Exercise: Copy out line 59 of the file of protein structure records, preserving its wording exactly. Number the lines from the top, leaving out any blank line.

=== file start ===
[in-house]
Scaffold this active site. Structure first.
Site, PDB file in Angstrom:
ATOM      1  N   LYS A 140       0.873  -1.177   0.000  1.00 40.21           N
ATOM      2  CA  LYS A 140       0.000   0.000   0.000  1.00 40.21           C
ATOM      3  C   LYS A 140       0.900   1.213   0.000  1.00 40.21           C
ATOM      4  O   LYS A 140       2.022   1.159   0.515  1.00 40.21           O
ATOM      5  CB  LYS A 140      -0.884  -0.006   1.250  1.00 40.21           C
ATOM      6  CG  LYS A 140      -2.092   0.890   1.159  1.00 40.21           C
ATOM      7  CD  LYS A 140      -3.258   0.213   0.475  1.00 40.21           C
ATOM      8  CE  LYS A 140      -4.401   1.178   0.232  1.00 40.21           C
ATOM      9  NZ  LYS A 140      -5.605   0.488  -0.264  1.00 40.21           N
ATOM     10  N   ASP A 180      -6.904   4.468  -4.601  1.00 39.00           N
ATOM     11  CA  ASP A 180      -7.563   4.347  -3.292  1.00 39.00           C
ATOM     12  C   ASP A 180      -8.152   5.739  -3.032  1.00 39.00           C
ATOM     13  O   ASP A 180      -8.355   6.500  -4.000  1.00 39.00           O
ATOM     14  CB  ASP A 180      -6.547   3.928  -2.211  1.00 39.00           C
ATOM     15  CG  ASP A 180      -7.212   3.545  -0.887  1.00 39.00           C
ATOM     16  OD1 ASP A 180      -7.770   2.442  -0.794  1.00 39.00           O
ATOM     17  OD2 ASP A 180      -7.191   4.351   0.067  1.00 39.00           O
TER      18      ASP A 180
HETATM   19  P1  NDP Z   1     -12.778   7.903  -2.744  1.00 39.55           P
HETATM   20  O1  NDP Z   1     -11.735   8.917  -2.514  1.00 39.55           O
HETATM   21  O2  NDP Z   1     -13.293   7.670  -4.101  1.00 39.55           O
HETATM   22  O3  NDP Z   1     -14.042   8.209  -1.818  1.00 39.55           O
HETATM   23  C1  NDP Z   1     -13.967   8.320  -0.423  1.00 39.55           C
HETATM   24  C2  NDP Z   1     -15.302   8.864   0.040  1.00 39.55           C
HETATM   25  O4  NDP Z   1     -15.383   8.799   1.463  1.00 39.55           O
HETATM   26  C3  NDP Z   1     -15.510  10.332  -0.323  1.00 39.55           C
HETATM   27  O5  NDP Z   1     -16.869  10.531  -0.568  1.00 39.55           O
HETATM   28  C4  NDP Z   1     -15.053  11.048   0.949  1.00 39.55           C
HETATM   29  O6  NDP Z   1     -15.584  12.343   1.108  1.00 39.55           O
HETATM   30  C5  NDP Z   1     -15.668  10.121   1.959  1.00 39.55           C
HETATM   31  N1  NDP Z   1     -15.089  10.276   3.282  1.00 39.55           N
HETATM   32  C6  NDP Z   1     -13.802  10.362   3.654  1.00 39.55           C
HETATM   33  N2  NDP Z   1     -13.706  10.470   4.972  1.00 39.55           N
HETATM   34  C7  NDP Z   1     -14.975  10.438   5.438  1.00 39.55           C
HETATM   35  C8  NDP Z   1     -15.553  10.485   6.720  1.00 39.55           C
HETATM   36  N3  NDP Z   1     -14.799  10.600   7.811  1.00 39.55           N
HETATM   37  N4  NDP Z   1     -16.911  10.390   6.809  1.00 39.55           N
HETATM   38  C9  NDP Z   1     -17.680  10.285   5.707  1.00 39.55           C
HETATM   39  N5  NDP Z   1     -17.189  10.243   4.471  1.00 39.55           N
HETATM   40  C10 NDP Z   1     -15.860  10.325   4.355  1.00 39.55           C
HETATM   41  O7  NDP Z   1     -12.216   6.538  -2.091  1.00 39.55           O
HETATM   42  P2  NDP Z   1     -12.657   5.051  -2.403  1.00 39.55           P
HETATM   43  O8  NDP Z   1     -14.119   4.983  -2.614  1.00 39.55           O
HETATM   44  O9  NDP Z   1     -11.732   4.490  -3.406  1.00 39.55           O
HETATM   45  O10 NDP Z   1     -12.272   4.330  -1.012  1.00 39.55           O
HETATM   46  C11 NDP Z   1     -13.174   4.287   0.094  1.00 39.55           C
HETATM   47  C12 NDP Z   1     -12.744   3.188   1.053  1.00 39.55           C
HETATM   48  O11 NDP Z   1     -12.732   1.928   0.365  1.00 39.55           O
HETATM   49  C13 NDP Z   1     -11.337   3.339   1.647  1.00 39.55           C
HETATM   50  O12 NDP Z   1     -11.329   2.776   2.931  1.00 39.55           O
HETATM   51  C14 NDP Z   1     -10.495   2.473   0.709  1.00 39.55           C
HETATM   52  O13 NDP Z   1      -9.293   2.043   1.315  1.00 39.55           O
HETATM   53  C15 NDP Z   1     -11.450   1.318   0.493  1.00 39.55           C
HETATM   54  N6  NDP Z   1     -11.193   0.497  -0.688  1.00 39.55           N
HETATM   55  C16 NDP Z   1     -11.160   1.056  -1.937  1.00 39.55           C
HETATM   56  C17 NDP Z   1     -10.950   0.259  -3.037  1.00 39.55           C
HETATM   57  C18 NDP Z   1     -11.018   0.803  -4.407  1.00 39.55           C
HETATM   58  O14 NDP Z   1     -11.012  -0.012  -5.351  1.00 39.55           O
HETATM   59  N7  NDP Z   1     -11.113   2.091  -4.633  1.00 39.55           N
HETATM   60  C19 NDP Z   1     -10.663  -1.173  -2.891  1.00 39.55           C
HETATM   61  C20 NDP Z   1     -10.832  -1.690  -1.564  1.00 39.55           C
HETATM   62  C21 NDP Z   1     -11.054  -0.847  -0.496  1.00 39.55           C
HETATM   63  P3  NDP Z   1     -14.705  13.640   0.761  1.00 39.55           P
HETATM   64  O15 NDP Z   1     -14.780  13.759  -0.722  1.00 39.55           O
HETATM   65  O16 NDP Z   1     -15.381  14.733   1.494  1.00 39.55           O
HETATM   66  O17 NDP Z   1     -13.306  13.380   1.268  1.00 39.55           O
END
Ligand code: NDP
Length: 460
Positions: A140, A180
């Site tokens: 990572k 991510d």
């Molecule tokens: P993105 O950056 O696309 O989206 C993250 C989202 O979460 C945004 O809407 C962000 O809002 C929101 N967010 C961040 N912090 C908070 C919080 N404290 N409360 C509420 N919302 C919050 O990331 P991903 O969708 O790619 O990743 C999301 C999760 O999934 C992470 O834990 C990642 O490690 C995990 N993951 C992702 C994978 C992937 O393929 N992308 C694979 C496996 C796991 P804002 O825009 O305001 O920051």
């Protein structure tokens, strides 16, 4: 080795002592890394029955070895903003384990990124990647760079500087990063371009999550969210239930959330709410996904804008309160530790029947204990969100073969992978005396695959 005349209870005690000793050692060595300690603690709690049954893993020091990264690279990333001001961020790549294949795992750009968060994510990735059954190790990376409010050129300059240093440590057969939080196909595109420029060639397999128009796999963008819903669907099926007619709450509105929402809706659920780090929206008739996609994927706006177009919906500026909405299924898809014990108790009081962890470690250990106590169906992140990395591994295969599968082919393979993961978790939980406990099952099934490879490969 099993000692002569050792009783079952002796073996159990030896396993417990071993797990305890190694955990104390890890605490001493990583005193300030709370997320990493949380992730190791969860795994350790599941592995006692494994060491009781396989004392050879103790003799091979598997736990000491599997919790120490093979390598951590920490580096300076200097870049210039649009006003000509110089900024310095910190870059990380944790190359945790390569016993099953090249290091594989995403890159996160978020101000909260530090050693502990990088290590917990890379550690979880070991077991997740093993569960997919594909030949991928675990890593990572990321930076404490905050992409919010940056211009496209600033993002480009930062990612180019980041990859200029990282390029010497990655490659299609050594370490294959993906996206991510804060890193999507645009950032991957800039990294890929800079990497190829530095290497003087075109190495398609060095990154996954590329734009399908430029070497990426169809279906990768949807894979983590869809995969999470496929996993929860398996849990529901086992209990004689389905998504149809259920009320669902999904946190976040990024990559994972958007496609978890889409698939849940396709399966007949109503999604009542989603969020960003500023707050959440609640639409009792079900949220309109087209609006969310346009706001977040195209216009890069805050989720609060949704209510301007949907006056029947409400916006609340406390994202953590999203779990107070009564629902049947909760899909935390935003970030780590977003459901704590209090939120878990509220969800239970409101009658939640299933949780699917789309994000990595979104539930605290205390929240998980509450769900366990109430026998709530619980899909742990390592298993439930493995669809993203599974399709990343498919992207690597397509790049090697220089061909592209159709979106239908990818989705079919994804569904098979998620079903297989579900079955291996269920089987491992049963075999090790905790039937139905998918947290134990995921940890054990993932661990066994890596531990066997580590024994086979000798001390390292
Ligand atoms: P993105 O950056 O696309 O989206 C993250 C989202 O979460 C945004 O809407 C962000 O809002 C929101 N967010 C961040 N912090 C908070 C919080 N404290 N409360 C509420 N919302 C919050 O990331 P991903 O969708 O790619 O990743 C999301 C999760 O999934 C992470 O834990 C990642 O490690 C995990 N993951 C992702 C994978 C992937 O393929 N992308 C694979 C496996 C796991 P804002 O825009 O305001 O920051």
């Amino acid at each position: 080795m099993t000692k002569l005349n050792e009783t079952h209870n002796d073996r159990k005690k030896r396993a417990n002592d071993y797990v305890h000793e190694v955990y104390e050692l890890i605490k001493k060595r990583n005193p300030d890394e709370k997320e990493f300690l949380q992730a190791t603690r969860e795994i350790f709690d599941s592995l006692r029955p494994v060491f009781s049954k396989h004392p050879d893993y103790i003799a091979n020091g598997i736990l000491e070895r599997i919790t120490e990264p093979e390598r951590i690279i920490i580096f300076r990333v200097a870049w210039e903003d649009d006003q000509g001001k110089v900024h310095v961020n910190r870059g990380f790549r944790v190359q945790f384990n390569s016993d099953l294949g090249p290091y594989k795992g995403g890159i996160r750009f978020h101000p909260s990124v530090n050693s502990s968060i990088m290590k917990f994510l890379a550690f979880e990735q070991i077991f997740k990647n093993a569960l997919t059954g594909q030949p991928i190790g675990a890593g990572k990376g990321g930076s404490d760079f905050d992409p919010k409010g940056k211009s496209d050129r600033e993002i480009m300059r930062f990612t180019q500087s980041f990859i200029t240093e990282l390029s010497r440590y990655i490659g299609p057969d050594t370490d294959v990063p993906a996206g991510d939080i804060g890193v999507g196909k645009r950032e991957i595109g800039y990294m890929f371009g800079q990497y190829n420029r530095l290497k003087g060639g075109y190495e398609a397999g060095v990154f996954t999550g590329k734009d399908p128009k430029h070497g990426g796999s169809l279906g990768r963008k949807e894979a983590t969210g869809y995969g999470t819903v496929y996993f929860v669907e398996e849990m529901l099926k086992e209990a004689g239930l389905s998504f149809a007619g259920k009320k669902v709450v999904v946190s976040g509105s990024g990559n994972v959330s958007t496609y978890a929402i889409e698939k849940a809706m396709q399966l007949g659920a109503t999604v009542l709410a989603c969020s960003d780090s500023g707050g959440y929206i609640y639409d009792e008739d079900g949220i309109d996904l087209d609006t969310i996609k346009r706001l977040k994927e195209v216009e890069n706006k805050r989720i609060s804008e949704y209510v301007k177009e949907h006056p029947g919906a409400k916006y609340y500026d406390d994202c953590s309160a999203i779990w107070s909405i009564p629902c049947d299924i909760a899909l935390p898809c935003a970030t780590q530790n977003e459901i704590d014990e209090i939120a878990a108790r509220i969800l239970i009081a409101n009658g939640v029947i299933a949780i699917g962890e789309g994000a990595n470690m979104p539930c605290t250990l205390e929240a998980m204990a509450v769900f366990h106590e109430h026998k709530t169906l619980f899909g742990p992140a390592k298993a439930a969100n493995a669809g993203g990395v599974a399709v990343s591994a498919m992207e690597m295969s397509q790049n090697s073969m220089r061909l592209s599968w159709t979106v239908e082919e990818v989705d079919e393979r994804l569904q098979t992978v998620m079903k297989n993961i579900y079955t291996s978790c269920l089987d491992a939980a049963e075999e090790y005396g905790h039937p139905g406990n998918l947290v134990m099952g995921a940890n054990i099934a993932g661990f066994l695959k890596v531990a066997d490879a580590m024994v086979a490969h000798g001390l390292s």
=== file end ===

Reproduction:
HETATM   56  C17 NDP Z   1     -10.950   0.259  -3.037  1.00 39.55           C